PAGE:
A3 is the oldest surviving Aston Martin and built in 1921 it was the third of five prototype cars constructed before series production started. Therefore, A3 is 100 years old in 2021 which is a momentous milestone to celebrate.
The first car built was named “Coal Scuttle” and first registered in March 1916 with the registration number AM 4656 and it was the only Aston Martin built by Bamford & Martin Ltd. before the First World War. When hostilities had ceased a second car, “Bunny” was built and registered XH 2800 in December 1920.
In 1921 the third car was built on Chassis No.3. It was given a name that is considered very politically incorrect in this day and age and because it is fitted with a “Type A” engine we now refer the car as “A3”. A3 was registered AM 270 in 1921 in Trowbridge in Wiltshire because the registration letters for Trowbridge were AM – a very, very early example of a personalised registration number.
A3 was used extensively by Lionel Martin for both personal and competitive use. We believe it was fitted with both a two-seater sports body and a streamlined racing body. It also carried the registration AM 273 on some outings. In fact, this cavalier use of registration numbers and the changing of bodywork between events make identifying each of the early chassis very difficult in the period photographs held by the AMHT. Driven by Bertie Kensington Moir A3 took several light-car records at Brooklands in 1921 including averaging 100 miles at 86.2 mph. In 1922 A3 took first place in the Essex Motor Club Kop Hill Climb in Buckinghamshire, again driven by Moir.
In 1923 A3 had finished its work as a prototype development car. The chassis was restamped 1918 in line with the development cars, and it was sold on to its first owner, John Douglas. At this time it was re-registered as XN2902 which it still carries today. Douglas raced the car at Brooklands in 1923 with success both outright and under handicap. In 1923 the car was returned to Bamford & Martin Ltd and was registered to Mrs. Katherine Martin. Subsequent owners were Arthur Avery Williams in June 1924, F. L. Ghiai in London and H. M Samuelson in October 1926.
For the next part of A3’s history we are indebted to an article in the AMOC publication AM Volume IX, No.19 from Spring 1964. In the article A3’s next owner R. W. Mallabar recounts how he bought the car from his friend in 1927. A few months after purchase A3 threw a con-rod and refurbishment was required. The engine was rebuilt by Aston Martin Ltd. in Feltham and the scuttle line lowered. The car was refinished in pale grey with red wheels and must have looked very striking. Mallabar used the car with great enthusiasm and covered many thousands of miles until 1929 when it was moved on for a Riley.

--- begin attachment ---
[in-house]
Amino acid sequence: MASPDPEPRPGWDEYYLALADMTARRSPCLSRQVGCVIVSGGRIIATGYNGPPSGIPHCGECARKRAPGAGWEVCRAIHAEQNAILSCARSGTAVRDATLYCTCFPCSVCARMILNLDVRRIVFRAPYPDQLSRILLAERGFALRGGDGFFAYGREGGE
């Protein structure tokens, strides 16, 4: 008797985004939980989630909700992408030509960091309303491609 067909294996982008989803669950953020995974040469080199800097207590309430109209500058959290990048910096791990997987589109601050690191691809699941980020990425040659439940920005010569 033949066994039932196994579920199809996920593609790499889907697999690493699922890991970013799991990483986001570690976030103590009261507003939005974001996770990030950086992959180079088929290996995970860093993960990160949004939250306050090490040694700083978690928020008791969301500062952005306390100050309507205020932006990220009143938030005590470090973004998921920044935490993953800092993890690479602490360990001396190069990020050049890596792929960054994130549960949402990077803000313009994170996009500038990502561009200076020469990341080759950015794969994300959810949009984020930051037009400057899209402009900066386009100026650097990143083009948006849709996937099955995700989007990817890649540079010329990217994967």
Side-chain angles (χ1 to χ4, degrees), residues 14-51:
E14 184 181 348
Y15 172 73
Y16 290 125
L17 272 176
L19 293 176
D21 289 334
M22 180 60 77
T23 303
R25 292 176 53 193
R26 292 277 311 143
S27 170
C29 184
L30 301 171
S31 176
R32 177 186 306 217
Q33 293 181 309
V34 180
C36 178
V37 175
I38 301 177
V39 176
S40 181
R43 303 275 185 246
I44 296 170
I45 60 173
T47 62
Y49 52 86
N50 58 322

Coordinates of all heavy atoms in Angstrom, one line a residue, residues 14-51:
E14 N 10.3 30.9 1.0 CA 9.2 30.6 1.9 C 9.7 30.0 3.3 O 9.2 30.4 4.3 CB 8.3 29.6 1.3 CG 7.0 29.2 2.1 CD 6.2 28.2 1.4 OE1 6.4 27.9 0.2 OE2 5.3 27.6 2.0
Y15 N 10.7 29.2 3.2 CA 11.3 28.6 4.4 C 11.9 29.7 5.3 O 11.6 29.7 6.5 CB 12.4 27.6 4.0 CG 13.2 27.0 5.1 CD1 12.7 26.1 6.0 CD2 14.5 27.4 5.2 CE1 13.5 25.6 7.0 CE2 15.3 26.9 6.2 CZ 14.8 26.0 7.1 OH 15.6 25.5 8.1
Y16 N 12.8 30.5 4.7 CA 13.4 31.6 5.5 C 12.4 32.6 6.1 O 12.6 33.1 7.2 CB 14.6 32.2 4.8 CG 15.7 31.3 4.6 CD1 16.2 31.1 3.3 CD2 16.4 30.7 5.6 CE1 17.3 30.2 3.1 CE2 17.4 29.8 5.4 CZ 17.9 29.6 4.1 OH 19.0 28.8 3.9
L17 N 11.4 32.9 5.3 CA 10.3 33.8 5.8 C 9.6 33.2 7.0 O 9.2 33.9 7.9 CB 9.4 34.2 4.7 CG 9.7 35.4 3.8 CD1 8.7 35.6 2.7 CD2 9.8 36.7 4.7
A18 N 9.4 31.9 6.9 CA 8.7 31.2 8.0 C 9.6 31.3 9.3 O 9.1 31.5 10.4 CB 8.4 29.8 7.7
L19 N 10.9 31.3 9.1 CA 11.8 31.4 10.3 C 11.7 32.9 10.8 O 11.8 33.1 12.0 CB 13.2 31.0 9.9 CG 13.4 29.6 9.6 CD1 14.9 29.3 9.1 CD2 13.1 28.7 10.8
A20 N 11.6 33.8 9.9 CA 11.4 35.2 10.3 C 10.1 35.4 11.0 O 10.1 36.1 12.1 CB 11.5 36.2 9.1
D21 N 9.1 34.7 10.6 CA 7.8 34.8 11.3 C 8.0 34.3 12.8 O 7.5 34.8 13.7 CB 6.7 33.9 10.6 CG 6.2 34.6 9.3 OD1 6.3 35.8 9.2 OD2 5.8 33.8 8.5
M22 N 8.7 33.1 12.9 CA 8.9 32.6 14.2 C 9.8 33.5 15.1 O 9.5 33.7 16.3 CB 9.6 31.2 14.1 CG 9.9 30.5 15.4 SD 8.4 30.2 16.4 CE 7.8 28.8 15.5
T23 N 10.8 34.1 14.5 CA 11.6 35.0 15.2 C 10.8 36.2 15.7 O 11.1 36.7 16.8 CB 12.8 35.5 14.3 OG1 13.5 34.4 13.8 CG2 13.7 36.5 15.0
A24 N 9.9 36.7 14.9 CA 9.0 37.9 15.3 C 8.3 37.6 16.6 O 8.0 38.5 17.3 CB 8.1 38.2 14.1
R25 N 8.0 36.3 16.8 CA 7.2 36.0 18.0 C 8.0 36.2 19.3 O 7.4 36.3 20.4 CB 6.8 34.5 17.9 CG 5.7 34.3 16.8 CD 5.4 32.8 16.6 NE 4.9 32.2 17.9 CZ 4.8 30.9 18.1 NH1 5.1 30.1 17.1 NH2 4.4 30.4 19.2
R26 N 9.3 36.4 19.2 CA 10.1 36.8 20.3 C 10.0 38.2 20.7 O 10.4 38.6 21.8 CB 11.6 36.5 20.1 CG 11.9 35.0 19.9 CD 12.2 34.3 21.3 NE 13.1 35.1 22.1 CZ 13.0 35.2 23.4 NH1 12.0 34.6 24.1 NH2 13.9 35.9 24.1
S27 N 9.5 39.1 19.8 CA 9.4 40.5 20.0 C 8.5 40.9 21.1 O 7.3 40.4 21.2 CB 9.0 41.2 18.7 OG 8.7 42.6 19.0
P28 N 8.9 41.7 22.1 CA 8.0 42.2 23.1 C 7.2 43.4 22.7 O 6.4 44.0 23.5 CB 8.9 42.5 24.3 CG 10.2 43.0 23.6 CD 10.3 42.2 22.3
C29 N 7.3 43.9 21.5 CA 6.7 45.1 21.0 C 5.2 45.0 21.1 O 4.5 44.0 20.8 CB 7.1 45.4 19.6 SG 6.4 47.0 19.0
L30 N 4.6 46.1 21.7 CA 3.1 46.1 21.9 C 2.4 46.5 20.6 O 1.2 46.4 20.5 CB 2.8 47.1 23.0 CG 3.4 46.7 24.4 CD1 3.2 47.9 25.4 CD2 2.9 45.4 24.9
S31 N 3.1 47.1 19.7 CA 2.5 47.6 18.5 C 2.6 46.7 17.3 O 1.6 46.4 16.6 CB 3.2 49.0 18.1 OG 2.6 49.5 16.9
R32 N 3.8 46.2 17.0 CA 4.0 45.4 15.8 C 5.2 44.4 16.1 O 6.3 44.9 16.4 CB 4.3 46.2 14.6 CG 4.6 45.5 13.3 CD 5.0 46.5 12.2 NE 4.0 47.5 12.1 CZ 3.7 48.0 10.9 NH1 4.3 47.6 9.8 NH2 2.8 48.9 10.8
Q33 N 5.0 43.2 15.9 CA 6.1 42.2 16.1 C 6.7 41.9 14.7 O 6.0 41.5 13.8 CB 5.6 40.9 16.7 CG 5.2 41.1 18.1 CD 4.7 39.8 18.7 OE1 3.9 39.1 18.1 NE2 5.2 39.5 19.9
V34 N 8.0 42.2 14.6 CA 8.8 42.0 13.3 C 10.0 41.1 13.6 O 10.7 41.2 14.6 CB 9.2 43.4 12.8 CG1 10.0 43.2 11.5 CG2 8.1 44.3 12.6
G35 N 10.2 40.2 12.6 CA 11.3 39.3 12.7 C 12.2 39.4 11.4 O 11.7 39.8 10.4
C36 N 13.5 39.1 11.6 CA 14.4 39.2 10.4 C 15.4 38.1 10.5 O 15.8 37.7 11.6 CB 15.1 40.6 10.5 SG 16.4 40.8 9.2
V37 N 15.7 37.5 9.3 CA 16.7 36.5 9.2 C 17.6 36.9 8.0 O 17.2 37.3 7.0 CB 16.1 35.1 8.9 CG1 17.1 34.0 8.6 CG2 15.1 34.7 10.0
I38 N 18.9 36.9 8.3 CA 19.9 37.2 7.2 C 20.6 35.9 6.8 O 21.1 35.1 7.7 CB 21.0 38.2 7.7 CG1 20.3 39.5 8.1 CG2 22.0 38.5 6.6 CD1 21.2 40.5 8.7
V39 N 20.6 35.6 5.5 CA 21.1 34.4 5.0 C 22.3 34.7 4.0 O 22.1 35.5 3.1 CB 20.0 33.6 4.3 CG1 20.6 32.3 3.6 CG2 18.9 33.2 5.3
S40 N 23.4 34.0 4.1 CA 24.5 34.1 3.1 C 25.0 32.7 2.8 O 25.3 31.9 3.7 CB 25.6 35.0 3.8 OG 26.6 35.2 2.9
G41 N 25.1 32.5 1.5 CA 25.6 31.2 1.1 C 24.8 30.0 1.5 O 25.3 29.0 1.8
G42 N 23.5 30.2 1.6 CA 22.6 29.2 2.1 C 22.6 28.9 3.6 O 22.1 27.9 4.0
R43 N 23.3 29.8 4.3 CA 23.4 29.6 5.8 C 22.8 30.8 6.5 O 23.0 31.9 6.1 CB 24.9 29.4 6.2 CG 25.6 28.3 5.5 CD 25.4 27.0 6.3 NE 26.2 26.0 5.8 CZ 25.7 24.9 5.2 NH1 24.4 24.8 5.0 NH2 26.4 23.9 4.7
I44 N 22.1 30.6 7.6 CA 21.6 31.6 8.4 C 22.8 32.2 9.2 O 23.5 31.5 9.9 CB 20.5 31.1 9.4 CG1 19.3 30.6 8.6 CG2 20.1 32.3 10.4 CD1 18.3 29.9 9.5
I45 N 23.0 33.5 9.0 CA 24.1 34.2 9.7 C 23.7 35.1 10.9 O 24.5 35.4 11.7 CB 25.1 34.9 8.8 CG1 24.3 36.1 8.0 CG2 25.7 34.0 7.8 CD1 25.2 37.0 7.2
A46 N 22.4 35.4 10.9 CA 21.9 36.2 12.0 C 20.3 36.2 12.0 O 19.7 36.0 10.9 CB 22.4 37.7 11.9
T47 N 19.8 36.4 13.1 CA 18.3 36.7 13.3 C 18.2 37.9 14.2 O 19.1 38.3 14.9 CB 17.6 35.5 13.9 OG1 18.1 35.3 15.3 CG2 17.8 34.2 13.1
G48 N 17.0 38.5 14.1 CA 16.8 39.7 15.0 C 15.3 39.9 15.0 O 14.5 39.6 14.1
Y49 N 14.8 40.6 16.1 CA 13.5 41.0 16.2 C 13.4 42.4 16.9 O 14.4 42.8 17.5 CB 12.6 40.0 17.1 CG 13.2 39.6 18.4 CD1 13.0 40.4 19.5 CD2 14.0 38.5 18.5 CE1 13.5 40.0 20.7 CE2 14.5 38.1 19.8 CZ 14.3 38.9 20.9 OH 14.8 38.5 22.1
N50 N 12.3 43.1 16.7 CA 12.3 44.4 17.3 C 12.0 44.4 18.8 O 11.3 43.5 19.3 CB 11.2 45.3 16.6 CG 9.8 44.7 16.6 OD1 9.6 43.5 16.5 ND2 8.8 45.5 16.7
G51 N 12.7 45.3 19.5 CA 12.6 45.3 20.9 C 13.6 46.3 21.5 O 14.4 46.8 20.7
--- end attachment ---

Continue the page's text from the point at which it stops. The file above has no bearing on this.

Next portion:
Following Mallabar's ownership A3’s had several owners as identified from old registration documents: Jack Olding, 1929 - Charles Thomas, 1930 - John Sherriffs, 1931 - George Patterson & William Lambert, 1933 - Keneth Gebhard, William Lambert (again), Roland Hill, 1935 - Charles Tealey. Tealey kept the car throughout the war years and it wasn't until 1965 that A3 was sold again to Norman Hutton in Middlesborough. In 1969 A3 was sold to a Mr. J. Turner who kep the car for over 30 years. Despite all of these owners A3 doesn't feature in any Aston Martin Registers until being on display at the Silverstone Jubilee display in 1995 in the hands of Mr. Turner.
On 11th May 2002 an early Bamford & Martin car appeared at the spring Aston Martin auction at Newport Pagnell. Keen eyed Bonhams expert Stuart Skilbeck spotted No.3 stamped on the left-hand dumb iron and the extensively modified, but in need of restoration, car was identified as A3. In 2003 a generous donation by His Excellency Sheikh Nasser al Sabah enabled A3 to be purchased by the AMHT and its survival guaranteed. After great consideration, the AMHT decided to restore A3 to as close to original specification as possible. In 2005 the work was entrusted to Andy Bell of Ecurie Bertelli. The green, probably 1930’s body was removed and restoration started. A new, brakeless front axle was made and new aluminium artillery wheels were cast. The engine was rebuilt by Jim Young and Tim Abbott after wear and extensive cracking were identified and was running again by 2007. The radiator was refurbished and the original German Silver finish revealed beneath the much later chromium plating. Working from photos a new body was designed and a new seasoned ash bodyframe constructed. Alan Pointer of Bodylines in Olney then crafted a beautiful hand beaten aluminium body to be as faithful as possible to the available photos. With other mechanical restoration completed A3 went on show at the AMHT’s museum in Drayton St Leonard, Oxfordshire.
Since restoration A3 is a regular at AMHT displays around the UK. In 2013 she toured the world as part of Aston Martin’s centenary celebrations. In October 2017 current AMHT Chairman, Rob Smith was privileged to drive A3 for a few miles in Cornwall when a plaque was unveiled at the birthplace of Lionel Martin – Nansladron House near St Austell. In 2018 Aston Martin Racing team driver Nicki Thiim drove A3 as part of the celebrations for the opening of a new Aston Martin factory in St Athan, Wales.
More recently mechanical maladies have struck the transmission. Firstly, a new back crown wheel and pinion casting was required and many new parts required manufacturing including two new half shafts. In 2020 the gearbox was rebuilt including the fabrication of two new gears. All undertaken by Ecurie Bertelli in Buckinghamshire.
This fabulous and fascinating piece of Aston Martin history is now 100 years old. Happy birthday A3!